THE MARKET FOR OUR PRODUCTS AND SERVICES IS RELATIVELY NEW AND IS EVOLVING, AND OUR SUCCESS WILL DEPEND ON OUR ABILITY TO ADAPT TO CHANGING MARKET CONDITIONS.
Our future financial performance will depend in large part on the growth in demand for our digital watermarking services and products. This market is emerging and rapidly evolving, is characterized by an increasing number of market entrants and will be subject to frequent and continuing changes in customer preferences and technology. As is typical in new and evolving markets, demand and market acceptance for our products and services is subject to a high level of uncertainty. Because the market for our products is evolving, it is difficult to assess or predict
with any assurance the size or growth rate, if any, of this market. There can be no assurance that a significant market for our products will develop, or that it will develop at an acceptable rate or that new competitors will not enter the market. In addition, even if a significant market develops for such products, there can be no assurance that our products will be successful in such a market. If a significant market fails to develop, develops more slowly than expected or attracts new competitors, or if our products do not achieve market acceptance, our business prospects, financial condition and results of operations will be materially adversely affected.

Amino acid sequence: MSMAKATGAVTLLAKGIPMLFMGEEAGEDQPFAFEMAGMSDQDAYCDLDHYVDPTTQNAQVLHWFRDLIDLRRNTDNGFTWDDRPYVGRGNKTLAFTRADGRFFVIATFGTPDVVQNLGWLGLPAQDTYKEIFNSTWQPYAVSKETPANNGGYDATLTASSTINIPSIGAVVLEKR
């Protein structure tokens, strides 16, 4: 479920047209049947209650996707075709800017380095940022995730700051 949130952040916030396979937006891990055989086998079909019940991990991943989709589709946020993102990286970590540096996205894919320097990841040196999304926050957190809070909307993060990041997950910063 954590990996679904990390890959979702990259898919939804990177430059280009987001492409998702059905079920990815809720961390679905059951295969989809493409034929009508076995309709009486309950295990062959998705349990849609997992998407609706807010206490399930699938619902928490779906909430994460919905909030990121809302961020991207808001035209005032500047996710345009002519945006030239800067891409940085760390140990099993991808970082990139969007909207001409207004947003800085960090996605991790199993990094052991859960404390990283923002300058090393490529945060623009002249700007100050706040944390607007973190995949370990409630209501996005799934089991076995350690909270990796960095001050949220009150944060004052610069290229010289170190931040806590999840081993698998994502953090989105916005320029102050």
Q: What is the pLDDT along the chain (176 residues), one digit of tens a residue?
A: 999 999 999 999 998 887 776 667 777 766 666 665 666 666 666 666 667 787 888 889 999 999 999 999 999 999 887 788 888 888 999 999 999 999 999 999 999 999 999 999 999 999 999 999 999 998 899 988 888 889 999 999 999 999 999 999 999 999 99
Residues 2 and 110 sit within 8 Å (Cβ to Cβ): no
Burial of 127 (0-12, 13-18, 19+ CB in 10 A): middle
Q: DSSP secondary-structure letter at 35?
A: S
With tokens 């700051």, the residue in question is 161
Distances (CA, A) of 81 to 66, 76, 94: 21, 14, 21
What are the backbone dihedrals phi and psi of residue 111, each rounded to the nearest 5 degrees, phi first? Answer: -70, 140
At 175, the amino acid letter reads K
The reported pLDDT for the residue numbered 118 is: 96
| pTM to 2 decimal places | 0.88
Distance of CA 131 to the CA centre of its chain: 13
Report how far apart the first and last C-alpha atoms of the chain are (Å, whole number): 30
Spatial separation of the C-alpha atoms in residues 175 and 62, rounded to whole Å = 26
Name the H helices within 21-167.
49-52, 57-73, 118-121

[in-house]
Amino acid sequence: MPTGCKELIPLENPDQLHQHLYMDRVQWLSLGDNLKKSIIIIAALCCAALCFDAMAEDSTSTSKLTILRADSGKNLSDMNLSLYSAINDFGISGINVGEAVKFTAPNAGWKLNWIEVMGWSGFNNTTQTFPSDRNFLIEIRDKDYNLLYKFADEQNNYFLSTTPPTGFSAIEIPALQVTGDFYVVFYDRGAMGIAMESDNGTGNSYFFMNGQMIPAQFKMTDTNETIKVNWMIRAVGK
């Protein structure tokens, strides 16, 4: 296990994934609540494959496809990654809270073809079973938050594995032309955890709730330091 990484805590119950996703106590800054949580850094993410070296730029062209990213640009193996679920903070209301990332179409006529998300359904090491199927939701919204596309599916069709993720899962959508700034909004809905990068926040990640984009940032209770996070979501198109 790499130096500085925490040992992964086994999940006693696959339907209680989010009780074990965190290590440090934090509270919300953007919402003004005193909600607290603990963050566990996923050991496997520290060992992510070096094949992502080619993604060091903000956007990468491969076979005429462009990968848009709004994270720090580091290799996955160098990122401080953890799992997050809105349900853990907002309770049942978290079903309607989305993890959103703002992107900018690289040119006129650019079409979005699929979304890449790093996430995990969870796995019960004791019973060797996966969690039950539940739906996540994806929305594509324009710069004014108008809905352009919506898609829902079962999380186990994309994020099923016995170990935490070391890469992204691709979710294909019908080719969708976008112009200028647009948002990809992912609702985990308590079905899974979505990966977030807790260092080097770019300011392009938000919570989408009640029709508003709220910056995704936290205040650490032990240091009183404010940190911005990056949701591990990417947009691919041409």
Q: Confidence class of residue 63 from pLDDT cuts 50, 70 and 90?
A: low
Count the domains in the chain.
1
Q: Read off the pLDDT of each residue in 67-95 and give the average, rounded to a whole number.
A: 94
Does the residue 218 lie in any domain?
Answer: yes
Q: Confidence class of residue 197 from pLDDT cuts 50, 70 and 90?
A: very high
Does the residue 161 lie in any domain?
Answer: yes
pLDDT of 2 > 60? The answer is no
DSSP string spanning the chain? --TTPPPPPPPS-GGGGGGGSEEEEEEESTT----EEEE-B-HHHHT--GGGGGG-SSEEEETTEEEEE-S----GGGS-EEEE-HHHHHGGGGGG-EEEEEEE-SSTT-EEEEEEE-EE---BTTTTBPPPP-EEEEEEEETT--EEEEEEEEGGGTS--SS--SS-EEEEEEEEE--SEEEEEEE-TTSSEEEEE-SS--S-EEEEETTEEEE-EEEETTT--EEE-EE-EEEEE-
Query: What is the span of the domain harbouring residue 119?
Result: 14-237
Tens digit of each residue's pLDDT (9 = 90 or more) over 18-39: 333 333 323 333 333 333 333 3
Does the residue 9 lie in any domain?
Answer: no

WE ARE SUBJECT TO RAPID TECHNOLOGICAL CHANGE, WHICH COULD RENDER OUR PRODUCTS AND SERVICES OBSOLETE.
Our future success will depend in part on our ability to offer products and services that incorporate leading technology and address the increasingly sophisticated and varied needs of our current and prospective customers. Our market is characterized by rapidly changing and unproven technology, evolving industry standards, changes in customer needs, emerging competition and frequent new service introductions. Future advances in technology may not be beneficial to or compatible with our business. In addition, we may not be able to incorporate technological advances into our products and services in a cost-effective and timely basis. Keeping pace with the technological advances may require substantial expenditures and lead time, particularly with respect to acquiring updated hardware and infrastructure components of our systems. We may require additional financing to fund such acquisitions. Any such financing may not be available on commercially reasonably terms, if at all, when needed.
WE ARE DEPENDENT UPON VENDORS AND OTHER THIRD PARTY SERVICE PROVIDERS, AND WILL BE COMPETING WITH SOME OF THESE COMPANIES.